Ohio voters have rejected a measure that would have legalized marijuana use in the Buckeye State—but, controversially, would also have given a single group exclusive control over the state’s weed production.
The measure would have authorized the use of marijuana for recreational, non-medical uses, and would have brought the state an estimated $133 million to $293 million in new tax revenue.
But cultivation of the crop would have been limited to land that just so happened to be owned by the backers of the initiative, giving the group a monopoly over Ohio’s weed. The prospect made even many supporters of legal marijuana uncomfortable.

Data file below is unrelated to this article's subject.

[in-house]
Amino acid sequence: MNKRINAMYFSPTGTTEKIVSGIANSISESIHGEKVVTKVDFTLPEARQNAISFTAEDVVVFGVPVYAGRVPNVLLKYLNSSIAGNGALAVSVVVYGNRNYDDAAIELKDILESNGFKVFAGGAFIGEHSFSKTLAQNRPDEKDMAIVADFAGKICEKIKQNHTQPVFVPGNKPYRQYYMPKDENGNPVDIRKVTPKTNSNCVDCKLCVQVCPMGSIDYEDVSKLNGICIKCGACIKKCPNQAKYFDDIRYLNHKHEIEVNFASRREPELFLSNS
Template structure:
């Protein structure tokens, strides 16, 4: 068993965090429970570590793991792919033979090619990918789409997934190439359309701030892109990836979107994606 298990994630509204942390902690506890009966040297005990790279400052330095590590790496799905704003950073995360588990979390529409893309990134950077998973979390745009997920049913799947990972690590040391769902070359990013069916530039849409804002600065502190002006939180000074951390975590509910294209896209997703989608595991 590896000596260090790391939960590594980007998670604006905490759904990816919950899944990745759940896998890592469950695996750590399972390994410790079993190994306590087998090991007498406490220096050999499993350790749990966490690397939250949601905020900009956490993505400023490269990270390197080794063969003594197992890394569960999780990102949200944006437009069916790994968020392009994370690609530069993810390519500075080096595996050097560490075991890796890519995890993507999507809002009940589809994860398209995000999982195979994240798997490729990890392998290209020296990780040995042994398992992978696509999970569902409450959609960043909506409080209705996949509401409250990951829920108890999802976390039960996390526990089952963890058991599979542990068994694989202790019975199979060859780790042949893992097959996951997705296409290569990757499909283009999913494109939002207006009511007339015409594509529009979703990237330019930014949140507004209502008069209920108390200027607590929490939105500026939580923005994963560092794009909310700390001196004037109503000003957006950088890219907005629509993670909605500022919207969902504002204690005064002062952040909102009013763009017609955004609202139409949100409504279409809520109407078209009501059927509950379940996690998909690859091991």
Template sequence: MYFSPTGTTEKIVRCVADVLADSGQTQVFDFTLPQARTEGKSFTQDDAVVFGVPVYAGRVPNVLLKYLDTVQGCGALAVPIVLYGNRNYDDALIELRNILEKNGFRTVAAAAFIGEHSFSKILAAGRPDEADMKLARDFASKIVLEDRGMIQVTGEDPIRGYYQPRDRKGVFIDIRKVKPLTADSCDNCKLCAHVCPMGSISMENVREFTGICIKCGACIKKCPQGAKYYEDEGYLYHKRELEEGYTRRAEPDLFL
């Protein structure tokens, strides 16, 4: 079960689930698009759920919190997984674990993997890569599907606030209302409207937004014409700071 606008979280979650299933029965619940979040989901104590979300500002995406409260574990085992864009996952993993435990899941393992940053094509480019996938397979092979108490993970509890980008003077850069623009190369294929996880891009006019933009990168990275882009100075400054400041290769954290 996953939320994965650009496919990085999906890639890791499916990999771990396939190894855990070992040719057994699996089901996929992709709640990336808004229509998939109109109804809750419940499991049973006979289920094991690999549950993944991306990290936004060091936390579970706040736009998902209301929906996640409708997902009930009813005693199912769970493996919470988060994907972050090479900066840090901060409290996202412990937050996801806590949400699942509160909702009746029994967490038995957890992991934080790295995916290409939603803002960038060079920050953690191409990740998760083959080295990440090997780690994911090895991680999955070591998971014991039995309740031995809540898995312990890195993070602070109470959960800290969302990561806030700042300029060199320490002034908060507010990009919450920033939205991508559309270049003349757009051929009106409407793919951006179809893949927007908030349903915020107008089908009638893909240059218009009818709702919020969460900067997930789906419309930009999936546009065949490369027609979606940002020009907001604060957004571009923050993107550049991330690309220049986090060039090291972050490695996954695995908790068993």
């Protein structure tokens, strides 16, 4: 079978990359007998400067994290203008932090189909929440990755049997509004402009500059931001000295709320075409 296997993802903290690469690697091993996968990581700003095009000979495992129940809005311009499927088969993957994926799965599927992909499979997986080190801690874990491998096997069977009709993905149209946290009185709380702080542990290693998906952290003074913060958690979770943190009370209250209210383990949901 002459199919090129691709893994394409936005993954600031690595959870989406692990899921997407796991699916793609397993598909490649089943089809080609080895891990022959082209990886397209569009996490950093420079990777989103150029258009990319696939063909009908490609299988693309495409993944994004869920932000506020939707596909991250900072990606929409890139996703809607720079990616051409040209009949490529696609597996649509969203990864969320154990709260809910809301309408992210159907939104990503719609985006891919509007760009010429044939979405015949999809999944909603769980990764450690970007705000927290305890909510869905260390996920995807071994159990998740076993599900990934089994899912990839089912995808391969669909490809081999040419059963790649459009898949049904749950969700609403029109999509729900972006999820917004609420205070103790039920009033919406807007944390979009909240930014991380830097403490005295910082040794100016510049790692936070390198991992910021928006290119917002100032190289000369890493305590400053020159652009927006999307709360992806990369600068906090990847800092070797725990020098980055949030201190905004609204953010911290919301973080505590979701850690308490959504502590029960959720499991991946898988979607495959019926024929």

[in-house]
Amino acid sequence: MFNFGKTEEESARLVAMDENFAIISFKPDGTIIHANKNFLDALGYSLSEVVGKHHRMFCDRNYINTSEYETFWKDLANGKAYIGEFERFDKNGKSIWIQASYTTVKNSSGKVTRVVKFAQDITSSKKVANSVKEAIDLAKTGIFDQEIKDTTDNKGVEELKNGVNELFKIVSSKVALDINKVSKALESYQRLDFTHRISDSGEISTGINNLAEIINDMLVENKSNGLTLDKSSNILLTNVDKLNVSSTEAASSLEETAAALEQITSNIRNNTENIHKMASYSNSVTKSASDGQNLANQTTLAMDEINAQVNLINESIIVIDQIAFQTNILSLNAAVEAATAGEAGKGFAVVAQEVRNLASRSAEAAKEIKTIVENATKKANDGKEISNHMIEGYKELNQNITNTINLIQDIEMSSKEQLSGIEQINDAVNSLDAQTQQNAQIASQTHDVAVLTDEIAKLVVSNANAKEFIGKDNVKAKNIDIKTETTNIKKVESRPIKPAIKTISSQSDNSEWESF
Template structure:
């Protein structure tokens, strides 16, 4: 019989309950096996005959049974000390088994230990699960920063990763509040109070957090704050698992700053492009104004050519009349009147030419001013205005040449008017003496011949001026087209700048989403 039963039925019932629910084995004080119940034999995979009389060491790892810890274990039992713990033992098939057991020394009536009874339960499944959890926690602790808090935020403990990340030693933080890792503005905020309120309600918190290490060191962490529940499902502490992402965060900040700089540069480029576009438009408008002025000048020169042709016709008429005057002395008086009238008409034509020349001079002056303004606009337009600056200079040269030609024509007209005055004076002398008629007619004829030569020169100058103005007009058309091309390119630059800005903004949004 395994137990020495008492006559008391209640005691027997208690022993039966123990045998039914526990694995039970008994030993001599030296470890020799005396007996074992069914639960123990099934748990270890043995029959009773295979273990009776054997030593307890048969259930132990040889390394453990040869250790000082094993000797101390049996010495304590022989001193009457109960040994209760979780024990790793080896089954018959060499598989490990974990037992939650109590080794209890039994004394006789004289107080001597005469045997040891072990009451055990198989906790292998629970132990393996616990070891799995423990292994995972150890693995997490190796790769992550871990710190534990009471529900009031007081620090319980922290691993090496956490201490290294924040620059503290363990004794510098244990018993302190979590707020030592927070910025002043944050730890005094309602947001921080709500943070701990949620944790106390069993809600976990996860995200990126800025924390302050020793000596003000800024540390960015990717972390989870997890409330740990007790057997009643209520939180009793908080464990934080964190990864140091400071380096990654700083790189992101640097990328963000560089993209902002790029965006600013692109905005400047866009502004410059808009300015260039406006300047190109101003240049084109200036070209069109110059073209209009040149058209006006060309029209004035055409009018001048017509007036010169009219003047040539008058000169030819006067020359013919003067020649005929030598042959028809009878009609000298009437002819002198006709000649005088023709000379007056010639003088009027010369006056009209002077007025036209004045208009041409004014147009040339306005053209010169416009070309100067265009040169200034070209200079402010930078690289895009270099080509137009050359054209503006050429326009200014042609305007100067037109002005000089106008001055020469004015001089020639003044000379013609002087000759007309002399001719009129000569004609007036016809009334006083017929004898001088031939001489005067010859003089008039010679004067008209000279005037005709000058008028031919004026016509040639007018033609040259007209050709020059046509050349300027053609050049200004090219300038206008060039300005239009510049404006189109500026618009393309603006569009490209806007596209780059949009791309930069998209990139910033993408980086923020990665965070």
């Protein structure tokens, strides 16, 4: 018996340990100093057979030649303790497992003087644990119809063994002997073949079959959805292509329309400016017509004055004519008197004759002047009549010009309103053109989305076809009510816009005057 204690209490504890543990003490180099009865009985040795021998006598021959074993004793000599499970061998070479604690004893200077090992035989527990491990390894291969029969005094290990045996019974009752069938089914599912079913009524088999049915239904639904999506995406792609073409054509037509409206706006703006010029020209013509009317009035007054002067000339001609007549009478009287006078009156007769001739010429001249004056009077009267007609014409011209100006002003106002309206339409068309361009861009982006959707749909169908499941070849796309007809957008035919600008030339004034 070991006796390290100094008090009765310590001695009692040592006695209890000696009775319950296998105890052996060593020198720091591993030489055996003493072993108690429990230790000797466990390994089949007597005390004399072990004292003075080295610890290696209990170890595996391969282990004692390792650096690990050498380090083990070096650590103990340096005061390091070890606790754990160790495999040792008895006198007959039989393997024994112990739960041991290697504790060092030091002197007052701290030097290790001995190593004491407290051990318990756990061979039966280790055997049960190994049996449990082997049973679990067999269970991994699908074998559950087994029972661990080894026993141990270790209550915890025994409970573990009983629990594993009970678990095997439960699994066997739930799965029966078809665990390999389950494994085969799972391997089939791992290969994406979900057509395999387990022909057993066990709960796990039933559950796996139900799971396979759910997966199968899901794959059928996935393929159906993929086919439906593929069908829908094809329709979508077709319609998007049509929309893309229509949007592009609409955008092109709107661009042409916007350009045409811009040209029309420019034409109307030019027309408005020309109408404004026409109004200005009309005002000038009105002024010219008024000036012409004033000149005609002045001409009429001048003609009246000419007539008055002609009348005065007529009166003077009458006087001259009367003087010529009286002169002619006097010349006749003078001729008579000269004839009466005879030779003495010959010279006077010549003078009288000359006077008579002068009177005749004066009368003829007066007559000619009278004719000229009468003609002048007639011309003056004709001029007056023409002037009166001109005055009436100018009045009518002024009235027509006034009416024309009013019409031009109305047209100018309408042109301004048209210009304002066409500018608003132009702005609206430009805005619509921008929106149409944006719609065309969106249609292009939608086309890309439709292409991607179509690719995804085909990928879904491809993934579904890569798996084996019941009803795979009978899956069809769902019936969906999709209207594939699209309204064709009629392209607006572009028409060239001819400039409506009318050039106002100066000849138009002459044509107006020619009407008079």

“The people of Ohio have understandably rejected a deeply flawed, monopolistic approach to marijuana reform,” said National Cannabis Industry Association executive director Aaron Smith in a statement.
“Now the foundation has been laid for a potential 2016 effort that would put forward a more common-sense initiative and have a major impact on the presidential conversation in the process.”